Maxfield Parrish (1870-1966) Study for Janion's Maple (Under Summer Skies) 11 3/4 x 9 1/2in Painted circa 1956.
Lot 57
Maxfield Parrish
(1870-1966)
Study for Janion's Maple (Under Summer Skies) 11 3/4 x 9 1/2in Painted circa 1956.
US$ 120,000 - 180,000
£90,000 - 130,000

Withdrawn

American Art

20 Nov 2017, 10:00 EST

New York

Lot Details
Maxfield Parrish (1870-1966)
Study for Janion's Maple (Under Summer Skies)
oil on paper laid down on board
11 3/4 x 9 1/2in
Painted circa 1956.

Footnotes

  • Provenance
    Maxwell Galleries, San Francisco, California.
    Acquired by the present owner from the above, 1980s.

    Literature
    C. Ludwig, Maxfield Parrish, New York, 1973, p. 185, 214, no. 840, final composition illustrated.

    Maxfield Parrish is a name synonymous with the Golden Age of Illustration in American Art. His body of work represents some of the most widely recognized images of the 20th century, including his public mural commissions and his familiar storybook illustrations. Though first an aspiring architect, his ambitions changed course when he enrolled at the Pennsylvania Academy of Fine Arts in 1892 at the age of twenty-two. What followed in 1842 was the artist's first major commission, the famous Old King Cole mural, destined for the Hotel Knickerbocker in New York, though eventually, after prohibition, it was reinstalled in the St. Regis hotel in New York in 1935. Though a prosperous career was unfolding for Parrish, he and his wife left Philadelphia, a city favorable for working artists, instead moving to Cornish, New Hampshire, in 1898, where he remained until his death in 1966. Steady demand for Parrish's work continued.

    After a successful term as an illustrator for General Electric Edison Mazda Lamps, the end of their calendar series in 1934 signaled new opportunity for Parrish to work for Brown and Bigelow, the calendar and greeting card company in Saint Paul, Minnesota. In the period that followed, the company reproduced the artist's paintings in their line of annual calendars for nearly thirty years. The present work is a preliminary oil study for a larger work, Janion's Maple (Under Summer Skies), produced in 1956 and published in the 1959 Brown and Bigelow calendar. The artist himself assigned the work the title Janion's Maple, Under Summer Skies was the title assigned by Brown and Bigelow at the time of publication.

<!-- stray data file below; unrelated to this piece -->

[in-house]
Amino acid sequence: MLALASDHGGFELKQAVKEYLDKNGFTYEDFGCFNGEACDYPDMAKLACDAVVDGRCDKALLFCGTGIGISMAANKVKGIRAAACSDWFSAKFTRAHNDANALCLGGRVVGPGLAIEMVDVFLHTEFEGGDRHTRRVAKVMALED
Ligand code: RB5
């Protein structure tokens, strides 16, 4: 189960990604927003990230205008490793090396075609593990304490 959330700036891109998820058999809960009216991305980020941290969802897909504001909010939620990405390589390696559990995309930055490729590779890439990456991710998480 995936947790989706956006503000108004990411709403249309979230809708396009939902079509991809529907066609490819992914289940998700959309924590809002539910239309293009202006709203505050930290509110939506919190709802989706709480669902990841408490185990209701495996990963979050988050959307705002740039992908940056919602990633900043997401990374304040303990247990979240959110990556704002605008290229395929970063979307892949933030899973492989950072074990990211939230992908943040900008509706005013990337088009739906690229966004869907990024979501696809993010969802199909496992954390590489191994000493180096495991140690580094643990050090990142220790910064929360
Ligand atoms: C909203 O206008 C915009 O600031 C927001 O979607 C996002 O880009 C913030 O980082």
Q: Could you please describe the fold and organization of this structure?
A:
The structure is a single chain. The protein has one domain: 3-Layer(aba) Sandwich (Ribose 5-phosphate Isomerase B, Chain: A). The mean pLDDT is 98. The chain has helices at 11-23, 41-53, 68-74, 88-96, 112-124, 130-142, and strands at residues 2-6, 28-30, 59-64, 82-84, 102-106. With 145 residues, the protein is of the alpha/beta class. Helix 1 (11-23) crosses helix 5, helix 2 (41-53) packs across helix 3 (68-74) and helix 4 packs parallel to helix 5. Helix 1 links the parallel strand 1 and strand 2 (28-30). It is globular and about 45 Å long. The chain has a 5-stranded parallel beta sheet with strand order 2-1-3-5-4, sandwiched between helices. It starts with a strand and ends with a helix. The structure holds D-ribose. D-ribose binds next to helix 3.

By the time he began his engagement as a contributor to Brown and Bigelow, the artist was primarily focused on landscape painting. Determined to master the complexity of such divine scenery, he toiled over each landscape and its natural forms, trees were an object of particular obsession for Parrish. The artist often said, "'Only God can make a tree.' True enough, but I'd like to see him paint one." (as quoted in C. Ludwig, Maxfield Parrish, New York, 1973, p. 177) Further illuminated by his use of color, his ability to articulate light and shadow elevate his landscape subjects as the artist's most impressive body of work. Shortly after beginning his tenure as a Brown and Bigelow contributor, in 1939 he wrote to the company's artistic director exclaiming, "Give me a hundred years more and I really think I can paint a tree that satisfies me." (as quoted in ibid, p. 177)

    The artist used a similar visual format for his calendar illustrations. These compositions, typically framed with shadowed trees, reveal majestic images of nature, often cemented with idle ponds or winding streams. When viewing the present work, one can almost hear the trickling of water which escapes down the moss-covered rocks in foreground. Beyond the tree trunk which covers the right side of the composition is a still body of water, like mirrored glass the cloudlike trees in the distance appear in reflection along the horizon. Parrish would usually incorporate scattered houses and architectural structures protruding from the landscape, sometimes colored with leaves or dappled in sunlight. One such structure is seen here, peering from beneath puffy trees, a white cottage sits at water's edge. Absolved in pale hues, the house glows softly with the sun as it makes its descent into night.

    The artist used color to illustrate dramatic contrast in his landscapes. Fiery orange and yellow pigments can be seen paired with jewellike tones of blue and purple. The most prominent tree in Study for Janion's Maple (Under Summer Skies) radiates in orange sun. Deep fissures and surface textures of bark and moss are crafted in blue and shadows of deep purple. Each cluster of leaves suspended from protruding tree limbs is executed in feathered brush strokes of emerald green. With pinpoint precision, yellow highlights have been applied producing leaves which appear to be three dimensional. Areas of minute detail are seen in great contrast to the distant trees in background. Such an effect was due to the technique Parrish employed applying different layers of glazes (ibid, p. 175).

    At the end of the artist's life, during the 1960s, a major retrospective exhibition of the artist's work was organized by Bennington College, traveling to the Gallery of Modern Art in New York. When considering himself alongside the art of the period, he remarked at how "commonplace" he must seem to his peers, Pop Art giants such as Andy Warhol. (ibid, p. 23) Through these images we see quite the opposite. Parrish's masterful technique with light and color promoted his works as chief among his contemporaries handling similar subject matter in the early 20th century. He was a painter who existed outside of the canon, creating a singular style all his own, one which endures as quintessentially unique still today.

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